The second thing, and it’s an age-old challenge of benefit auctions. Because they’re auctions, there is always the possibility that work will sell below the actual retail value. There’s a reserve price, and the work can sell above the reserve price but below the retail price. I’m actually quite sensitive to that. Last year, we implemented a buy-now function on Paddle 8 to try to up the overall average price of the lot sold. My goal is to get it at close to retail as possible. I’m aware that the nature of this kind of event can make that challenging.
Last year, we instituted the buy-now feature, and we instituted it at the retail price. The possible concern is that there might be a bidding war around a piece that goes way above that. My overall thinking is that people will get nervous about losing a piece, and buy it at the retail price, thus assuring that the piece sells at the retail price. What we say, as a result of [the buy-now function], was that many more pieces sold at the retail price than had ever previously been sold at the retail price before. Thus bringing the overall percentage of retail price up.
Let’s say that you and I both want a piece by Linn Meyers. So you and I go head to head on it. Bidding starts at $500, and the retail price is $1,000. We want it so badly that we bid it up to $2,000. So it sells way above the retail. That’s good for the artist, it’s good for us, that’s great. But the number of times that actually happens—and this isn’t just in D.C., but for all benefit auctions—is pretty rare. We did an analysis and figured that for the three or four times that might happen in an auction, sacrificing that and putting in a buy-now function, which would sell that same piece for $1,000, would sell more pieces at $1,000. The overall gross would be higher as a result of people being nervous that they’re going to lose a piece that might have sold for $800 and grabbing it for the retail price. In the aggregate, more money comes into the auction and for the artists, and more pieces sell at the retail price.
Galleries have historically had concern about these events competing with the market. That’s another thing. We all know that galleries sometimes, on some occasions, are fans and supportive of these events and on some occasions see them as competition and aren’t thrilled by it. I want to see [the auction] be non-competitive with them—as much as possible, I know it’s not entirely possible. I want to see George [Hemphill] and Mary [Early] over there at Hemphill Fine Arts psyched that it’s happening, and that it’s expanding the pie and creating a buzz and introducing new works to the community.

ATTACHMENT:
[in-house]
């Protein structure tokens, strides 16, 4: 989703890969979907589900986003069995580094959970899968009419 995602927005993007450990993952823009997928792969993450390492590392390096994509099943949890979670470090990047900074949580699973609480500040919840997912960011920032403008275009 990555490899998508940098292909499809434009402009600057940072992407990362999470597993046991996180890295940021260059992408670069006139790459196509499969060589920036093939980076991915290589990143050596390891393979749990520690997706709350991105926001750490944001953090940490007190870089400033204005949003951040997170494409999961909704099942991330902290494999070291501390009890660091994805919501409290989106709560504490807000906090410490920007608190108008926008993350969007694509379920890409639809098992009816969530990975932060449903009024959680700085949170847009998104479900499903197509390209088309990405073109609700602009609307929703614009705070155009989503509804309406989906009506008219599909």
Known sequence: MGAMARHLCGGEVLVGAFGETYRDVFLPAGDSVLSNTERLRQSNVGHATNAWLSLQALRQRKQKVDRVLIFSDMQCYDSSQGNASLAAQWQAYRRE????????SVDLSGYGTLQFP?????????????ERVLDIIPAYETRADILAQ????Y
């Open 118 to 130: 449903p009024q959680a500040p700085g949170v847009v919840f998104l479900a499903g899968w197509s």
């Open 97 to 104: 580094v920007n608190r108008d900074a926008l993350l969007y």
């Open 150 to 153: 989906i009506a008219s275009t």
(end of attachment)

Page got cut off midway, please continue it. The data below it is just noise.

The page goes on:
CP: What do you say to an artist who looks at the WPA auction as a show platform? Maybe one that they might list on a resume or promote as an exhibit to their circles?
Nesbett: That’s tricky. The auctions provide opportunities for exposure to people who may not go regularly to the galleries. People who attend definitely do pay attention to the artist community and follow their careers. But not everybody does, so it’s an opportunity to make introductions. At the same time, the degree of curatorial rigor can really vary, by the nature of each event and by curator. Again, one of my hopes for this year, and it’s only a step in the direction, to be honest, is to introduce as much curatorial rigor in each artist or curator’s selection—to to make it so that if an artist is truly going to be listing it on a resume, that it has a thoughtfulness of an exhibition and not of a tag sale.
The curators have been amazing. We do pay them, but they do this as a real favor to the organization, because they get it and they want to support the organization. We’re not paying everyone $5,000 or $10,000 to curate a show. It’s a funny thing when artists do that—artists these days are listing art fairs on their resumes, as if that was a curatorial show.
CP: I wonder if part of the impulse is that these auctions get a bigger profile relative to the regular programming. I’m not just speaking specifically to the WPA auction. The auctions are the biggest parties or events of the year.
Nesbett: Yeah, maybe. There’s collectors of the community or patrons of the arts, and they engage with us in all different ways. There’s some who come here and follow all of our programs, and there’s some that really only engage at the level of the auction every year. Yeah, maybe. There is a selection process. That implies that the work was selected. There’s a certain perhaps honor bestowed upon the inclusion of your work as opposed to other artists work. That’s a tricky thing, and that’s part of the reason we as a staff remained out of the selection process. We select the curators, and the curators select the work. There’s a very small selection from the board, that’s a tradition. Beyond that, because like any juried or selection process, there’s people who can be perceived as winners and people who can be perceived as losers. That gets funky for us.